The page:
Sunday, November 29, 2015

Meet the Reporter Giving the Liberal Media a Migraine


For nearly three months, freelance reporter Evan Gahr has been covering a high-profile lawsuit that almost no one has heard of.
"Normally conservatives would jump at the opportunity to humiliate Ed Schultz," Gahr said in an interview with the Washington Examiner media desk. He doesn't know why right-leaning news websites outside of the Daily Caller, where his work currently publishes, won't pay attention to his stories.
Gahr learned about the lawsuit against Schultz, a far-left MSNBC host, in 2014. He began pursuing it in February for the Caller, where he posts developments every few days as a guest writer.
The lawsuit concerns a former business partner of Schultz, Michael Queen, who alleges that it was his original idea to get Schultz on TV and that the two had a deal that would grant Queen a stake in the show, should there ever be one.
The lawsuit goes back to 2011 and has been covered here and there by other media news websites but has otherwise fallen by the wayside. Gahr is the only one writing about it now, uncovering details like big-name witnesses (MSNBC President Phil Griffin) and the jury selection process (Schultz's attorney doesn't want anyone on the jury who has read Gahr's reporting).
Along the way, Gahr also found out that in 1995, Schultz's first wife, Maureen Zimmerman, had filed a restraining order against Schultz.
Gahr, who once worked as a press critic for the New York Post, regularly tries to contact Schultz and Griffin, the MSNBC president. He never hears back, but he says he's "definitely looking forward to doing an ambush interview" with Schultz.
Schultz did not respond to a request for comment for this story.
Ambush interviews are one of Gahr's favorite methods to catch high-profile media personalities off guard. But they're only "ambush" interviews by way of his questions being entirely unexpected. He doesn't show up in private neighborhoods or catch his subjects when they're at dinner at a restaurant.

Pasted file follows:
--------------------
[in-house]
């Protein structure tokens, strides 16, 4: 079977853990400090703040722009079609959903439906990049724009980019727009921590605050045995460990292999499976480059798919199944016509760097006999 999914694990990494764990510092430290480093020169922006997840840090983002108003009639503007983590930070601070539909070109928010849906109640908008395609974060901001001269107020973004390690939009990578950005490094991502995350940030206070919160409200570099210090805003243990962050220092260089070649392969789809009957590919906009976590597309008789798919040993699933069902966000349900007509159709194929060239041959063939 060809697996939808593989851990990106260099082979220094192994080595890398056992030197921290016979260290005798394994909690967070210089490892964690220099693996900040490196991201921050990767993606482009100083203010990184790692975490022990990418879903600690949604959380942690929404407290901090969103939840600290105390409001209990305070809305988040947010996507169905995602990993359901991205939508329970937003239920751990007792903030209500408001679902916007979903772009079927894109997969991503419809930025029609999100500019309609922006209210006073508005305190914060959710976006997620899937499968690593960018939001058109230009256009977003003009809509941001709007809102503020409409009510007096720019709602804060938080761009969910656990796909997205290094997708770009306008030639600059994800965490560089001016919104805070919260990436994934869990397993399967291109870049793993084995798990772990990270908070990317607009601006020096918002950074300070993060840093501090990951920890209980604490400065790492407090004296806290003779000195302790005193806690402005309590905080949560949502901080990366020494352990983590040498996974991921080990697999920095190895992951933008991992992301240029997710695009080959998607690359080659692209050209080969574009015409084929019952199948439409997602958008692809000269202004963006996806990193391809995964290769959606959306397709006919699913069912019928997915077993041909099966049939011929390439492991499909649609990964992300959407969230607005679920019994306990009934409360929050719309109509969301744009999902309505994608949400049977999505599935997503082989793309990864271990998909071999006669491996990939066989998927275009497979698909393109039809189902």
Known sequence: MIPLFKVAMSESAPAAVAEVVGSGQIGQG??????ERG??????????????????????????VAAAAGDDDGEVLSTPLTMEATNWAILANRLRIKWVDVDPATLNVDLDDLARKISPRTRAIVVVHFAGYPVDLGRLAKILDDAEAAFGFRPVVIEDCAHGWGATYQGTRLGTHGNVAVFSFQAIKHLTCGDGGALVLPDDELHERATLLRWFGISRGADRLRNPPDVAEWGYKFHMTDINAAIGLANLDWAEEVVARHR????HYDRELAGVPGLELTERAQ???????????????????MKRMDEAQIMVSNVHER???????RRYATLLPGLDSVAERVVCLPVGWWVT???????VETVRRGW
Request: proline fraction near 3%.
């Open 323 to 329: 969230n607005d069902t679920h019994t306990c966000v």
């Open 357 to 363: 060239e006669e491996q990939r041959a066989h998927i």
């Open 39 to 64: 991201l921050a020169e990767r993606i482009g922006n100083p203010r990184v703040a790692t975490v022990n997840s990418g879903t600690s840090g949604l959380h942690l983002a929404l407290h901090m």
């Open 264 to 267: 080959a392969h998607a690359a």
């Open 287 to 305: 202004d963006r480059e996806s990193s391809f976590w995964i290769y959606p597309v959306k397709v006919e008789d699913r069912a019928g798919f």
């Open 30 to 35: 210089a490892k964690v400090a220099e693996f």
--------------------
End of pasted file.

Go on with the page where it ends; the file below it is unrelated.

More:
He calls them on the phone or shows up at a public event.
In mid-April, Gahr approached Al Sharpton after one of the MSNBC hosts nonprofit National Action Network conventions. Gahr asked Sharpton for his thoughts on the lawsuit against Schultz.
Sharpton would only say that he doesn't speak for Schultz.
Gahr makes regular calls to Washington Post Executive Editor Marty Baron and Post media reporters Paul Farhi and Erik Wemple to inquire about a racial discrimination lawsuit against the newspaper that was filed in 2013 (another story Gahr broke that has received little attention). They all either hang up on Gahr or don't answer at all.
Gahr takes particular exception with left-leaning Post columnists Eugene Robinson and Jonathan 
Around the same time he confronted Sharpton, Gahr approached Robinson about the Post lawsuit, asking him when he would write about it. Robinson wouldn't commit to writing anything on the issue and to date, hasn't.
"I find it interesting that people from the Washington Post like Eugene Robinson and Jonathan Capehart can go on MSNBC every night and accuse whites and conservatives and police of being racist but they ignore outright racist behavior by their own employers," Gahr said.
Gahr, who splits his time between New York and Washington, is not an impartial journalist.
He has made up his mind that Schultz cheated his former business partner. He has decided that the Post is guilty of racial discrimination, because, as the lawsuit claims, several former black employees believe the newspaper "forc[ed] out African American and older employees in a systematic effort to replace them with young, less experienced white individuals at cheaper wages."
Gahr,  describes himself as "a reporter with a conservative bent." What colors his reporting, though, isn't really his ideology. It's an admitted "perverse thrill" in embarrassing his subjects.
"I find it interesting that people who have good public images are really cowards and bullies," he said. "And plus it's just fun to embarrass them."
Gahr isn't a "people person." He says so himself. He doesn't like many photos of himself to be online.
"The only pictures online of me are from 1996, 2000 and 2004," he said. "Plus, I am not wearing glasses [in them] like I do every day."
The freelance work on Schultz's lawsuit has impressed the Caller's editors. Editor-in-Chief Tucker Carlson and Executive Editor Vince Coglianese are in talks to offer him some type of regular role, though it's unclear right now what that role is.
Carlson described Gahr to the Washington Examiner as "fearless" and "one of the most relentless diggers I know."
Gahr said he wants to write critically of all political and media types, both liberal and conservative, if he thinks they deserve it. "I feel very congruent with the Daily Caller because it's one of the few conservative places that has no orthodoxy," he said (though the Caller does have a policy against writing negative stories related to Fox News, where Carlson is a weekend host).
For now, Gahr also writes on his personal blog, "The Washington Gadfly," a reference to the way he was described in Lloyd Grove's gossip column at the New York Daily News back in 2005.
When he starts writing regularly for the Daily Caller, he said his work won't deviate from what he does now. "Just exposing blowhards and bullies of all political varieties," he said.